Skip The Internet Of Things ETF And Buy This One IoT Stock Instead

| About: InterDigital, Inc. (IDCC)
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Summary

SNSR started trading in Sept. 2016 and is the only ETF targeting the internet-connected world, IoT.

The underlying holdings are a mish-mash of products from different sectors, including conglomerates and large technology companies that don't focus on connectivity. SNSR isn't a pure emerging technology play.

The performance of SNSR has been very similar to XLK, a broad technology ETF. So why buy SNSR?

Instead, buy a connectivity stock with great fundamentals that will likely participate in the growth of wireless connectivity.

Global X Internet of Things Thematic ETF (NASDAQ:SNSR) started trading in September 2016 and is the only ETF targeting the internet-connected world. The ETF is off to a reasonably good start as shown in the stock chart below.

SNSR stock chart from inception

The ETF invests in stocks of companies operating in the Internet of Things "sector," including companies that provide services, solutions and/or products related to the development of connected devices and the internet of things "industries."

I borrowed the above paragraph from a financial site that was describing the Global X ETF. I put quotes around "sector" and "industry" to emphasize that IoT is considered an industry or sector, when in reality it is in fact not either.

Before I go any further with this article, I have to confess that I have a personal bias against Internet of Things (IoT). In my opinion, it is not an industry, sector or emerging technology of any sort, but an ill-defined, sensationalistic marketing scheme, with outrageous predictions regarding its future.

There are claims of 6 billion currently deployed devices, growing to 20 billion in a few years. The problem with this entire theme is that every wireless device and any device that could conceivably be connected indirectly to the internet is considered IoT.

For example, if you own a Fitbit (NYSE:FIT), and you can download your heart rate to a computer that could connect to the internet, then the Fitbit is IoT. Another example, the RFID devices that are embedded into product packaging, a practice done for the last 20 years, is IoT. Your electronic components that have a Bluetooth interface are IoT. Drones, autonomous vehicles and wearables are all considered IoT. The problem with IoT is that the ability to connect to the internet is a feature for most products, not a reason for being. In many cases, an Internet connection is actually a problem due to privacy and security concerns, not a solution.

This is one area where I have an issue with SNSR. The underlying holdings are a mish-mash of products from different sectors that may connect to the internet. The internet connectivity is just a feature, a small piece of a bigger picture. Below are some of the top holdings that fall into this category:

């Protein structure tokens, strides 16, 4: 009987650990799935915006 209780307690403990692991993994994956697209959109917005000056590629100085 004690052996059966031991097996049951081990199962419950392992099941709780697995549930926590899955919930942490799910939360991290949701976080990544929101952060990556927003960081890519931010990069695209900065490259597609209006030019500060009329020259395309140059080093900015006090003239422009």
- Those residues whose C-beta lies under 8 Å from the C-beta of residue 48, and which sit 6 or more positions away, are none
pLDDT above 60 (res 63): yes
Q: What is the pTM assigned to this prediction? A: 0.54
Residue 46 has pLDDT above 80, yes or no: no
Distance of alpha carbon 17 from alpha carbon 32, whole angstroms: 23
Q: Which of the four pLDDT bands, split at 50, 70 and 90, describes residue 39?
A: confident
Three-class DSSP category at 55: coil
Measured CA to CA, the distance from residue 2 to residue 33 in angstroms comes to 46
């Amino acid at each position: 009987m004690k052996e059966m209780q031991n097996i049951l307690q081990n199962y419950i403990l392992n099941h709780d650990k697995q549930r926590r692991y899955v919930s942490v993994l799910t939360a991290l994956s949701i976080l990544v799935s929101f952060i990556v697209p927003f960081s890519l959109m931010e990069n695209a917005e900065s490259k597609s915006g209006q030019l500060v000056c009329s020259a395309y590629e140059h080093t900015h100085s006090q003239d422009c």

DexCom (NASDAQ:DXCM) produces continuous glucose monitoring systems.

Mobileye (NYSE:MBLY) is a provider of leading edge autonomous vehicle vision sensors.

Rockwell Automation (NYSE:ROK) provides industrial control solutions.

Sensata Technologies (NYSE:ST) manufactures products and systems that address safety and environmental concerns, control products and electromechanical sensors.

Garmin (NASDAQ:GRMN) provides GPS-enabled navigation products in the Auto, Aviation, Marine, Outdoor and Fitness industries.

The next issue that I have is that most companies involved with IoT are either large conglomerates, or large technology companies and IoT is one small part of their entire business. SNSR holds companies such as Johnson Controls Intl (NYSE:JCI), STMicroelectronics NV (NYSE:STM), Intel (NASDAQ:INTL), Honeywell Intl (NYSE:HON), to name a few. IoT is lost in the noise of these companies.

What it boils down to is that SNSR has very few pure IoT connectivity holdings. When you buy SNSR you are essentially buying a technology ETF under the guise of an emerging technology fund. Below is a chart of stock prices (normalized) for SNSR and Technology Select Sector SPDR ETF (NYSEARCA:XLK).

Normalized price chart of SNSR and XLK

Not surprisingly, the performance of SNSR since inception has been very close to XLK, a broad technology ETF. So instead of buying this IoT ETF, why not buy a company that deals specifically with connectivity, thus capturing the broad IoT movement?

InterDigital, Inc. (NASDAQ:IDCC) is such a company. It develops solutions for enhanced wireless communications for use in digital cellular and wireless products and networks. As of December 2015, IDCC had a portfolio of approximately 20,400 patents and patent applications related to the fundamental technologies that enable wireless communications.

IDCC 1-year price chart

According to data provided by Portfolio123, IDCC has an operating margin of 56.2% and Return on Equity (%) trailing twelve months (TTM) of 37.5%. IDCC also has ratings against its industry peers for projected P/E ratio of 97.8, and price to free cash flow of 87. Note that 100 is the best rating, 0 is the worst.

IDCC fundamentals

I, for one, would prefer to buy this single stock, InterDigital, Inc., that is positioned for growth in wireless connectivity, rather than the Global X Internet of Things Thematic ETF.

Disclosure: I/we have no positions in any stocks mentioned, and no plans to initiate any positions within the next 72 hours.

I wrote this article myself, and it expresses my own opinions. I am not receiving compensation for it (other than from Seeking Alpha). I have no business relationship with any company whose stock is mentioned in this article.